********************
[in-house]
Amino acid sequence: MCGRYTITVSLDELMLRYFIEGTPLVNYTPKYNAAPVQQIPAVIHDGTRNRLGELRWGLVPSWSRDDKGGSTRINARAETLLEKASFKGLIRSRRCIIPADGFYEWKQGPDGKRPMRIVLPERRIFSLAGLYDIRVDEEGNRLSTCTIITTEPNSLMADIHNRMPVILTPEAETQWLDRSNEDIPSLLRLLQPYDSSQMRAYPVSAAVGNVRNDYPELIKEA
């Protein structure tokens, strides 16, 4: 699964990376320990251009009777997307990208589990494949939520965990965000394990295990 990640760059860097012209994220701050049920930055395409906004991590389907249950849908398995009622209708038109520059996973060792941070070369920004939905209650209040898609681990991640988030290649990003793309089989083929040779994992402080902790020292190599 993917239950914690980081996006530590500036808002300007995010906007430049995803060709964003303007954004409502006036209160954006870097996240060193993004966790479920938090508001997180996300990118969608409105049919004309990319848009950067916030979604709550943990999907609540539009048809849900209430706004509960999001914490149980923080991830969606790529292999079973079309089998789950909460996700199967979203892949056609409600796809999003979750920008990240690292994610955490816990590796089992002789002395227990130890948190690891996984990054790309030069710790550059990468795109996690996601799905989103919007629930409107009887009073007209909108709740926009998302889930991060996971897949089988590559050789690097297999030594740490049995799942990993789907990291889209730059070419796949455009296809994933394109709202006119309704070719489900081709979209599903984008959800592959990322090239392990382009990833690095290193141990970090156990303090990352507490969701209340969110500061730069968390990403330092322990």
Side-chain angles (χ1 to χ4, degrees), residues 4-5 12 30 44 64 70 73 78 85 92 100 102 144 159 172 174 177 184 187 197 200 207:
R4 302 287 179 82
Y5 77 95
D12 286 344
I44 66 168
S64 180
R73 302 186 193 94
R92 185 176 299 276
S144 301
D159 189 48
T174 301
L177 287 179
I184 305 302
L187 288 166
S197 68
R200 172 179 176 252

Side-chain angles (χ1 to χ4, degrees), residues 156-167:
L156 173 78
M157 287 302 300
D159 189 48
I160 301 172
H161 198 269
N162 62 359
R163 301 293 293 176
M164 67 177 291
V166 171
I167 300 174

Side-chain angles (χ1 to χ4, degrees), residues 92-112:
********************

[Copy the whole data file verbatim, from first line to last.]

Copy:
[in-house]
Amino acid sequence: MCGRYTITVSLDELMLRYFIEGTPLVNYTPKYNAAPVQQIPAVIHDGTRNRLGELRWGLVPSWSRDDKGGSTRINARAETLLEKASFKGLIRSRRCIIPADGFYEWKQGPDGKRPMRIVLPERRIFSLAGLYDIRVDEEGNRLSTCTIITTEPNSLMADIHNRMPVILTPEAETQWLDRSNEDIPSLLRLLQPYDSSQMRAYPVSAAVGNVRNDYPELIKEA
């Protein structure tokens, strides 16, 4: 699964990376320990251009009777997307990208589990494949939520965990965000394990295990 990640760059860097012209994220701050049920930055395409906004991590389907249950849908398995009622209708038109520059996973060792941070070369920004939905209650209040898609681990991640988030290649990003793309089989083929040779994992402080902790020292190599 993917239950914690980081996006530590500036808002300007995010906007430049995803060709964003303007954004409502006036209160954006870097996240060193993004966790479920938090508001997180996300990118969608409105049919004309990319848009950067916030979604709550943990999907609540539009048809849900209430706004509960999001914490149980923080991830969606790529292999079973079309089998789950909460996700199967979203892949056609409600796809999003979750920008990240690292994610955490816990590796089992002789002395227990130890948190690891996984990054790309030069710790550059990468795109996690996601799905989103919007629930409107009887009073007209909108709740926009998302889930991060996971897949089988590559050789690097297999030594740490049995799942990993789907990291889209730059070419796949455009296809994933394109709202006119309704070719489900081709979209599903984008959800592959990322090239392990382009990833690095290193141990970090156990303090990352507490969701209340969110500061730069968390990403330092322990």
Side-chain angles (χ1 to χ4, degrees), residues 4-5 12 30 44 64 70 73 78 85 92 100 102 144 159 172 174 177 184 187 197 200 207:
R4 302 287 179 82
Y5 77 95
D12 286 344
I44 66 168
S64 180
R73 302 186 193 94
R92 185 176 299 276
S144 301
D159 189 48
T174 301
L177 287 179
I184 305 302
L187 288 166
S197 68
R200 172 179 176 252

Side-chain angles (χ1 to χ4, degrees), residues 156-167:
L156 173 78
M157 287 302 300
D159 189 48
I160 301 172
H161 198 269
N162 62 359
R163 301 293 293 176
M164 67 177 291
V166 171
I167 300 174

Side-chain angles (χ1 to χ4, degrees), residues 92-112: